Chinese authorities have rounded up hundreds of activists in the capital Beijing, rights campaigners and petitioners said Monday, as they marked the 23rd anniversary of the Tiananmen Square crackdown.
The detentions came as Washington angered Beijing by calling for all those still jailed over the demonstrations on June 4, 1989 — when hundreds, if not thousands, of protesters were shot and killed by soldiers — to be freed.
The anniversary of the brutal army action in the heart of Beijing is always hugely sensitive, but particularly so this year ahead of a once-a-decade handover of power marred by fierce in-fighting in the ruling Communist Party.
“They brought in a lot of buses and were rounding up petitioners at the Beijing South rail station on Saturday night,” Zhou Jinxia, a petitioner from northeast China’s Liaoning province, told AFP.
“There were between 600 to 1,000 petitioners from all over China. We were processed, we had to register and then they started sending people back to their home towns.”
Police made it clear that the round up of petitioners — people who gather at central government offices in Beijing to seek redress for rights violations in their localities — was to prevent them from protesting on June 4, she said.
China still considers the June 4 demonstrations a “counter-revolutionary rebellion” and has refused to acknowledge any wrongdoing or consider compensation for those killed, more than two decades later.
The government attempts to block any public discussion or remembrance of the events by hiding away key dissidents in the run-up to June 4 each year, taking them into custody or placing them under house arrest.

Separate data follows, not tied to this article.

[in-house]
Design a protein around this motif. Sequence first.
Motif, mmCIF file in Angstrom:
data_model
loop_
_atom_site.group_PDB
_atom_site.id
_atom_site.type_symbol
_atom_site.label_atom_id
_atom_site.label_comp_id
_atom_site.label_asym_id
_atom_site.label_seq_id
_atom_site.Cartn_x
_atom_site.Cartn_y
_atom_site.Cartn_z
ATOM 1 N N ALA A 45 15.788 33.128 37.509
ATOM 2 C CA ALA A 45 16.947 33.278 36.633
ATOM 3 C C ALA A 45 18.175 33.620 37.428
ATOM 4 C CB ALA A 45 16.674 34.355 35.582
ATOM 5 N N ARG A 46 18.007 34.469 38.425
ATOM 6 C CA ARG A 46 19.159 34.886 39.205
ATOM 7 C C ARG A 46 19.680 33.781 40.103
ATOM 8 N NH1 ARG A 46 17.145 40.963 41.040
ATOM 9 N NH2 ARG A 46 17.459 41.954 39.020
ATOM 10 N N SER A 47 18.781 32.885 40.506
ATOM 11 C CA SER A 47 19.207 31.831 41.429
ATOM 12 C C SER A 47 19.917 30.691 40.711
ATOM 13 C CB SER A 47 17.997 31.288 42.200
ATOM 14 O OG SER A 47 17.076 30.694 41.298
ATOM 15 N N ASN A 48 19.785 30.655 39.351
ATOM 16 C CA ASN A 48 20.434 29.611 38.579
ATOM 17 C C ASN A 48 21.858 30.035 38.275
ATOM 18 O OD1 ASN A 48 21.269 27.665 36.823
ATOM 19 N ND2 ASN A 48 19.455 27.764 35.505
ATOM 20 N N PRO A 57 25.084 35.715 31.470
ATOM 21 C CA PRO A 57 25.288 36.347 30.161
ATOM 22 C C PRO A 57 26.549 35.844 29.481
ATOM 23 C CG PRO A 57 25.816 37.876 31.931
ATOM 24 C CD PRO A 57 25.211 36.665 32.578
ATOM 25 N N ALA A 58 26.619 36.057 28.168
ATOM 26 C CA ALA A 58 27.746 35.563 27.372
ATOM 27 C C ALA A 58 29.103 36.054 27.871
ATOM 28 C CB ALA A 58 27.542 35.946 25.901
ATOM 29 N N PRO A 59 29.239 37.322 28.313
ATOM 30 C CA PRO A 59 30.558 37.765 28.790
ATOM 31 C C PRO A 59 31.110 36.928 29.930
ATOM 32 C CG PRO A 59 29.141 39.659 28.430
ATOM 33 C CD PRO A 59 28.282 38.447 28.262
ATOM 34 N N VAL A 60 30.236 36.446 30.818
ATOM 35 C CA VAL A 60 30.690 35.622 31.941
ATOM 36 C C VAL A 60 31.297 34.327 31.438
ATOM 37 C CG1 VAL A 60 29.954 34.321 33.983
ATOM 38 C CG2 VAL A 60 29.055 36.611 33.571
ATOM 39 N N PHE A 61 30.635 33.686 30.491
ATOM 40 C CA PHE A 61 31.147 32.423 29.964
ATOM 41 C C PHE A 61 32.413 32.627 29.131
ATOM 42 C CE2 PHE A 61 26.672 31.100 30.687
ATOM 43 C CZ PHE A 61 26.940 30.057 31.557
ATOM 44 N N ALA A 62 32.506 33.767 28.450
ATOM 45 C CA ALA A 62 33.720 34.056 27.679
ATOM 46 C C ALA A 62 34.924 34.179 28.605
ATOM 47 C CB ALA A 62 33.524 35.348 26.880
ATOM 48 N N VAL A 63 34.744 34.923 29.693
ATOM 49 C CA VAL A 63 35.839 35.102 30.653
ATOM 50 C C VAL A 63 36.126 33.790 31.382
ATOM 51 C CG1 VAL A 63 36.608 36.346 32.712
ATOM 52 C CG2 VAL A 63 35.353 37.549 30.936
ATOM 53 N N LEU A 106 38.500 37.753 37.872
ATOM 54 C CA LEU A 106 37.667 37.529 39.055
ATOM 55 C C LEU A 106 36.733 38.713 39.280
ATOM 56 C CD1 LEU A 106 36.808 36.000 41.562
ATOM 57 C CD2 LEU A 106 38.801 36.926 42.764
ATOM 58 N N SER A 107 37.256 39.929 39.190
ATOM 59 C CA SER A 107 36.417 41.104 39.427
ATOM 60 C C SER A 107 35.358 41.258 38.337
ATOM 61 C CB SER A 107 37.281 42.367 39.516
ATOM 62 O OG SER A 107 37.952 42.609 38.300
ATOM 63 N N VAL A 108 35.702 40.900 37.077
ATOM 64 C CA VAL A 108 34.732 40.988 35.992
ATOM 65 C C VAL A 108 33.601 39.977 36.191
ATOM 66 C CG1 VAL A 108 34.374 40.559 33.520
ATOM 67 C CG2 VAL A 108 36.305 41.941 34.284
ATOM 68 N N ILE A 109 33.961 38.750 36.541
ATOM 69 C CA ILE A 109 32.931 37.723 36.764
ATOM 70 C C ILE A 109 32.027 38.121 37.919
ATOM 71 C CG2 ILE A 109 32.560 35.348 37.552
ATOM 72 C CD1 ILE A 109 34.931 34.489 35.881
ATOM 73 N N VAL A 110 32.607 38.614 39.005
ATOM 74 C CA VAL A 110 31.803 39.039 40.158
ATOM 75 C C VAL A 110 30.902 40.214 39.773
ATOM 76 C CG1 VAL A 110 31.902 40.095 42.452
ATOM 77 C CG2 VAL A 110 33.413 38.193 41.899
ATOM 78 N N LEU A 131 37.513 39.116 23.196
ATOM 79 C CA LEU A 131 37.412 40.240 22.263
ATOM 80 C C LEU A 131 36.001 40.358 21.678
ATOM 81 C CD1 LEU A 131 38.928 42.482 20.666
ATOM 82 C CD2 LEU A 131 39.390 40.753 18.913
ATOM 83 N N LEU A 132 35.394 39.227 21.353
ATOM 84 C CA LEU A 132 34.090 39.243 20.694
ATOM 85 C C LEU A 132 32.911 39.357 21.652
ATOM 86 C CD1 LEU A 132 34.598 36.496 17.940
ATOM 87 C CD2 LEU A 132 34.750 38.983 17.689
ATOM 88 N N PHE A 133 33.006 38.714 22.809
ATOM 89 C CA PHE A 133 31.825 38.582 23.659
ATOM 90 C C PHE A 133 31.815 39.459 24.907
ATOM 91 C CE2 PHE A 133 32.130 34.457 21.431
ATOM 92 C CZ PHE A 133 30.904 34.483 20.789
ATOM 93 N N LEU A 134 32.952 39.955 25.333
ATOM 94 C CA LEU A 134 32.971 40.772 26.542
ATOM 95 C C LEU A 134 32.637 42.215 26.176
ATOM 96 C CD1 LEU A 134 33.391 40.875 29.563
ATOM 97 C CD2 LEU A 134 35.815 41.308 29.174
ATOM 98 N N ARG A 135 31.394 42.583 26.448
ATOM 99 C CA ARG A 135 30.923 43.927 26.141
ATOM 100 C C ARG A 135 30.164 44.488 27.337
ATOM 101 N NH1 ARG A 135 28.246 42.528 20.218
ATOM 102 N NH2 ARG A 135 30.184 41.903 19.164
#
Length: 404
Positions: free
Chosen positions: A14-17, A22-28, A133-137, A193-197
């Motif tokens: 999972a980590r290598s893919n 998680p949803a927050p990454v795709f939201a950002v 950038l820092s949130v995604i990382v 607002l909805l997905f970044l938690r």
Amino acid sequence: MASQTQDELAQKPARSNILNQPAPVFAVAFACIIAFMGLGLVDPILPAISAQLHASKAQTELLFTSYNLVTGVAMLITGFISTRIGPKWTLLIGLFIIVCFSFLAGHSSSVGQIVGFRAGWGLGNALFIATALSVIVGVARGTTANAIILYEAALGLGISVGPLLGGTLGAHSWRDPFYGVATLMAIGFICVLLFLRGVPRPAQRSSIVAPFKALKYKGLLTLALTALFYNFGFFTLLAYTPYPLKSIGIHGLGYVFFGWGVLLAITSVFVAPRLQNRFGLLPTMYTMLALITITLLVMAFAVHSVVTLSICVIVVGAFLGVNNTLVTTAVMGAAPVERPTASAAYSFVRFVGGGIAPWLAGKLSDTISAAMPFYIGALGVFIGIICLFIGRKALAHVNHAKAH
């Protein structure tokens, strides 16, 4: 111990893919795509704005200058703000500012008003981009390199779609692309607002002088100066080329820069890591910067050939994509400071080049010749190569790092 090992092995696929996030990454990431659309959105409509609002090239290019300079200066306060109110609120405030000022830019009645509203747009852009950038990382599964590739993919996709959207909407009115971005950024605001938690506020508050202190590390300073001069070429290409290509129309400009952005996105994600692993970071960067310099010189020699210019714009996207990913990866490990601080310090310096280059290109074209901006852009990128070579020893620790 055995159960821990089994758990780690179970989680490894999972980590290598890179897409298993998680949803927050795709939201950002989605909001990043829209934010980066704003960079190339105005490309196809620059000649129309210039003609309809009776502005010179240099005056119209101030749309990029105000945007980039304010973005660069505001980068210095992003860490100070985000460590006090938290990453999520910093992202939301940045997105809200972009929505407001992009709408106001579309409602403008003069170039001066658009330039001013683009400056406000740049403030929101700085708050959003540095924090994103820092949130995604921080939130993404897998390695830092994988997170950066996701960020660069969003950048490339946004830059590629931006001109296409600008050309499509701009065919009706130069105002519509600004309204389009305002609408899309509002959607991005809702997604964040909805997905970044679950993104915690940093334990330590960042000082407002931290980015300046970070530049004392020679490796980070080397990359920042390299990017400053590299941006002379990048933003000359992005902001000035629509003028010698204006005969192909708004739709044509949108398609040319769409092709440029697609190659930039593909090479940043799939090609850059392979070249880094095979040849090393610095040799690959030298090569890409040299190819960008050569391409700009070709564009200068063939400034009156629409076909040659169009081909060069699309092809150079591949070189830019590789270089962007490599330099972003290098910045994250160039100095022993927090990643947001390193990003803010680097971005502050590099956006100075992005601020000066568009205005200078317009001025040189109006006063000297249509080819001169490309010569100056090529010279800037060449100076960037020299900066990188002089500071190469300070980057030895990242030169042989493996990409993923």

Any mention of the 1989 protests is banned in Chinese state media, and the subject is largely taboo in China. Searches on China’s popular social media sites for June 4, the number 23 and the word “candle” were blocked on Monday.
Despite the heightened security, numerous public events have been held around the nation to commemorate the “Tiananmen massacre” and demand democratic reforms.
More than 80 rights campaigners met in a Beijing square on Saturday, carrying banners and shouting slogans calling for a reassessment of the 1989 protests.
“We shouted ‘down with corruption’, and ‘protect our rights’,” Wang Yongfeng, a Shanghai activist, who attended the protest, told AFP.
“So many people were killed on June 4, we think the government should fully account for what happened.”
Photographs of the Saturday protest posted online showed demonstrators with large placards that said “remember our struggle for democracy, freedom and rights as well as those heroes who met tragedy.”
A similar protest occurred in a park in southeast China’s Guiyang city last week, with police subsequently taking into custody at least four of the organisers of the event, the Chinese Human Rights Defenders group said on its website.
The US State Department on Sunday called on Beijing to release those still serving sentences for their participation in the 1989 demonstrations and do more to protect the human rights of its citizens.
But foreign ministry spokesman Liu Weimin hit back a day later, saying Beijing expressed “strong dissatisfaction and firm opposition” to what he said were “groundless accusations”.
In Beijing, veteran dissident Hu Jia said on his microblog that, as in previous years on the Tiananmen anniversary, police had stepped up security around the homes of numerous political activists and social critics.
Rights activists and lawyers said police had also contacted them and warned against participating in activities marking the crackdown.
Another rights defender, Yu Xiaomei from eastern Jiangsu province, told AFP by telephone she had been followed by three men when she left her home on Monday.
“I recognised one of them. He had beaten me and detained me two years ago. I ran away, I don’t dare go out onto the street today,” she said.
The only open commemoration of the crackdown to be allowed on Chinese soil will take place in Hong Kong, a Chinese territory that enjoys freedoms not allowed in the mainland.
Organisers say they expect more than 150,000 people to join a candlelight vigil to mark the anniversary.